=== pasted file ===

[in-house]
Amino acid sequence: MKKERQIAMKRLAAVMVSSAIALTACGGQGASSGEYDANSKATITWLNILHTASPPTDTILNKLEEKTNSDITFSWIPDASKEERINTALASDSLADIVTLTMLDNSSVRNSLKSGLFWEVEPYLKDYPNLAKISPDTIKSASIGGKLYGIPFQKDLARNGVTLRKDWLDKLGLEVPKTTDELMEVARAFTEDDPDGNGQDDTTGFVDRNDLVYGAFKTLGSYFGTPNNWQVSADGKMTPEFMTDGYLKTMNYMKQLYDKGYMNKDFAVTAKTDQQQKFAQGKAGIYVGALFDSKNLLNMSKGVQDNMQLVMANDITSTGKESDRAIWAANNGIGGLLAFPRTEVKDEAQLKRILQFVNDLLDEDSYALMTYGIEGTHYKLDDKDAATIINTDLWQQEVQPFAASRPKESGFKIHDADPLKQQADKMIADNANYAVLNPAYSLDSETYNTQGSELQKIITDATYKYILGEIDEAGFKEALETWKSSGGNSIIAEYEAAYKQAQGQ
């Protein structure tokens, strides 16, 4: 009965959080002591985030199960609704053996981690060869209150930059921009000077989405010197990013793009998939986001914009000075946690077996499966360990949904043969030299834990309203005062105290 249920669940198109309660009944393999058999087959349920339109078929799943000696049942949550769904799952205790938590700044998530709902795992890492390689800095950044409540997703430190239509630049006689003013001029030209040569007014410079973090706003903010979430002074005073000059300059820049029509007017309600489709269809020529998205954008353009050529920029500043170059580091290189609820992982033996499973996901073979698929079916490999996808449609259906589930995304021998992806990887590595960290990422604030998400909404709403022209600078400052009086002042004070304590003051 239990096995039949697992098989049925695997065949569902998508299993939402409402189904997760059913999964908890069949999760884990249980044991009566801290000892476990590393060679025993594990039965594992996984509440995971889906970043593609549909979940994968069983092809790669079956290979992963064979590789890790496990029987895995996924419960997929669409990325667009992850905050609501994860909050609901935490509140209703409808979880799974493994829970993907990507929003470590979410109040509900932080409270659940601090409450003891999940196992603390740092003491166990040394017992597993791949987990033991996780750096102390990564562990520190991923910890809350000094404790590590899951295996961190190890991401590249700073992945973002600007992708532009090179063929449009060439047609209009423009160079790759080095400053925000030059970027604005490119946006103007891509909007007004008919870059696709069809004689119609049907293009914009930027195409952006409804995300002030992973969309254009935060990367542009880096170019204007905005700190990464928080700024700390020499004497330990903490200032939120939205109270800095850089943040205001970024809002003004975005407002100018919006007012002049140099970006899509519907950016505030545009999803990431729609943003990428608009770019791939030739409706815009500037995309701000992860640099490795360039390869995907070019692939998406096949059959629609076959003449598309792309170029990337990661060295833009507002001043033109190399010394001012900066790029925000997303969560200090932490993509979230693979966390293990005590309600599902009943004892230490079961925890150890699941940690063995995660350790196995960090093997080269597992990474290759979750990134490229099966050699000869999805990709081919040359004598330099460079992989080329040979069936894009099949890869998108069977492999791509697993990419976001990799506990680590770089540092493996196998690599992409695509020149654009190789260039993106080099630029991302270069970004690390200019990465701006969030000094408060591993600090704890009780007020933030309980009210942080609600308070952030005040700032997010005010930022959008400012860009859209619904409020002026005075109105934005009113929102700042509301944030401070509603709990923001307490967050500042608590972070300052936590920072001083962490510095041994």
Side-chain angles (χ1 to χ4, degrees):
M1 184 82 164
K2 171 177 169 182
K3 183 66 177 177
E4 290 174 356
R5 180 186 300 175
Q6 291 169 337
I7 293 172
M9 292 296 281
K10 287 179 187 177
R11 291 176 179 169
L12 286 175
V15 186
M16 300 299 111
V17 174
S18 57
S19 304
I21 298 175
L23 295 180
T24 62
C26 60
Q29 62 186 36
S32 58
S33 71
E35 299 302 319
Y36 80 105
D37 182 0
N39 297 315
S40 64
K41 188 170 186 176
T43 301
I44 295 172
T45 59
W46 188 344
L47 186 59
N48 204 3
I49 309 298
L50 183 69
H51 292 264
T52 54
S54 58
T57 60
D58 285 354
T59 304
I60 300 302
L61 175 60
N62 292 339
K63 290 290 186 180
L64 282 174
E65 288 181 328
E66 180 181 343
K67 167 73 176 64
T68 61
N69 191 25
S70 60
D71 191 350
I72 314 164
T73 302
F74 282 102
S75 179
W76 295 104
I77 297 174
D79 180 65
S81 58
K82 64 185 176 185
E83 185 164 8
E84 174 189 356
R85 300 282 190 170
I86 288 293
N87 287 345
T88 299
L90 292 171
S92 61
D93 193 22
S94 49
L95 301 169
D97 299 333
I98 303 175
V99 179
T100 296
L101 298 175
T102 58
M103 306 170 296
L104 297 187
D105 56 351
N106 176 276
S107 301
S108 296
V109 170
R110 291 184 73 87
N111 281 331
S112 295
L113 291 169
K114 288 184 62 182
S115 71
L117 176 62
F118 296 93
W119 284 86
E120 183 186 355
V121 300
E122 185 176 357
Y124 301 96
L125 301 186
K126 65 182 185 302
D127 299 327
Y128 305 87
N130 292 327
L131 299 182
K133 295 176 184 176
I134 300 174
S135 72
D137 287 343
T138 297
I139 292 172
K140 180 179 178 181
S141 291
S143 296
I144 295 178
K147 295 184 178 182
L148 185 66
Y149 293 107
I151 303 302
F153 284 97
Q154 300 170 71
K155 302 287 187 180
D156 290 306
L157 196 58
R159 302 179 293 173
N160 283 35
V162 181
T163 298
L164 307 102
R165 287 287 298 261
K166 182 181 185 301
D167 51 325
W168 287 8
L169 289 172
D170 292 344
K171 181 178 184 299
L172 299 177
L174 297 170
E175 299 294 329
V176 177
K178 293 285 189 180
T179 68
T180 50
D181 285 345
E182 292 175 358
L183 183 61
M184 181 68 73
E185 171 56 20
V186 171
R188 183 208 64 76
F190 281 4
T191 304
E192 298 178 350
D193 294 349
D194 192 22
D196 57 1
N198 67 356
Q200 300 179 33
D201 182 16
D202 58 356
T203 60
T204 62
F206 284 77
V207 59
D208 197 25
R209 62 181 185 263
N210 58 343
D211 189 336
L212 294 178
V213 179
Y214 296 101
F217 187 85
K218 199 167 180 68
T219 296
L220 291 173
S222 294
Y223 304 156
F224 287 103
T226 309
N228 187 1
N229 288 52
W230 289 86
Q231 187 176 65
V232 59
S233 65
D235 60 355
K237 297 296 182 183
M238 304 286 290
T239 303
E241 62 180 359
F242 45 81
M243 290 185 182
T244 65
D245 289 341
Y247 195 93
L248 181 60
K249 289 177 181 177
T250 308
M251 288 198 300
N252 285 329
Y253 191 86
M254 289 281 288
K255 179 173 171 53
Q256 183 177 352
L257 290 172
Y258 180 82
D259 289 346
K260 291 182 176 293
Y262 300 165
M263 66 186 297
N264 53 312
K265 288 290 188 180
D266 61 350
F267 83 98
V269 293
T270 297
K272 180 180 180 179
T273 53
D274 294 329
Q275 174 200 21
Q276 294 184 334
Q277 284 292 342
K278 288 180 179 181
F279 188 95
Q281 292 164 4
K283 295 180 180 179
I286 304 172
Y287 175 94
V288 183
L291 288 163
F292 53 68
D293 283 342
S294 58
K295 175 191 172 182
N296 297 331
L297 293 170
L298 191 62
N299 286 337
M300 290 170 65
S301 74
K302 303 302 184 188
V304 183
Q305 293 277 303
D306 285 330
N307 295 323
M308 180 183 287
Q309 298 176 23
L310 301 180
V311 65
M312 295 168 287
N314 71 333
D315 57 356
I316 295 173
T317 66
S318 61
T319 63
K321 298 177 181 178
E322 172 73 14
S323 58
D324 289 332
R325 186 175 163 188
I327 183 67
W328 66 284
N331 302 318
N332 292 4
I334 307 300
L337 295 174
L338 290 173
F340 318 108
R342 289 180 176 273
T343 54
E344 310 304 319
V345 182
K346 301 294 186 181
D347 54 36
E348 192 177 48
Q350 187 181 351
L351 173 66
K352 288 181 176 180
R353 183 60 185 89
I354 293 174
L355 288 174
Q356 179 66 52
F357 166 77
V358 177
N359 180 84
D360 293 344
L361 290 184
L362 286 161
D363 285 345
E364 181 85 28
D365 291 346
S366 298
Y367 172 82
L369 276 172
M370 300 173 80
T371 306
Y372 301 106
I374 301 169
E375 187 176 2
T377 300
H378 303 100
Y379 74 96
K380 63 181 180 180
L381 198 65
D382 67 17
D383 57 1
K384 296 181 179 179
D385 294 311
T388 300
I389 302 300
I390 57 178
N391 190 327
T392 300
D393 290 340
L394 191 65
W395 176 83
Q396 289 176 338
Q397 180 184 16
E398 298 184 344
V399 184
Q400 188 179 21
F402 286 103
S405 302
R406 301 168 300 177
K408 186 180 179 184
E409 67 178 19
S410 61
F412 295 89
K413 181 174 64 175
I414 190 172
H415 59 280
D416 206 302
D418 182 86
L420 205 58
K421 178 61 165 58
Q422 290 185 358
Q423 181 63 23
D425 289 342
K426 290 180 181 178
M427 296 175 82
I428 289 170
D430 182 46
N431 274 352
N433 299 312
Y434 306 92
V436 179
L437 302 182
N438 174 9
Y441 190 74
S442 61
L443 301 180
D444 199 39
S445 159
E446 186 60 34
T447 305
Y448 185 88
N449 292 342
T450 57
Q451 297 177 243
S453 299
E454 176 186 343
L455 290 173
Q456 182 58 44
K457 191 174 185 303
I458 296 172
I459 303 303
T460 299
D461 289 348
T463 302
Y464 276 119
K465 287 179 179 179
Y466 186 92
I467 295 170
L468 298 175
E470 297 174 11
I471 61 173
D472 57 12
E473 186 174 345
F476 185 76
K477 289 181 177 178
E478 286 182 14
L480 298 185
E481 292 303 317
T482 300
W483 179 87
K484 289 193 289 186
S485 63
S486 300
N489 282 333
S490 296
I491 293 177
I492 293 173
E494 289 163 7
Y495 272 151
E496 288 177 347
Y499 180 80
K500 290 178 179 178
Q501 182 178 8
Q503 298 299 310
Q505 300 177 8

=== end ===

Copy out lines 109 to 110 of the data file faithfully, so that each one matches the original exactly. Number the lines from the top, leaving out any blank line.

Y128 305 87
N130 292 327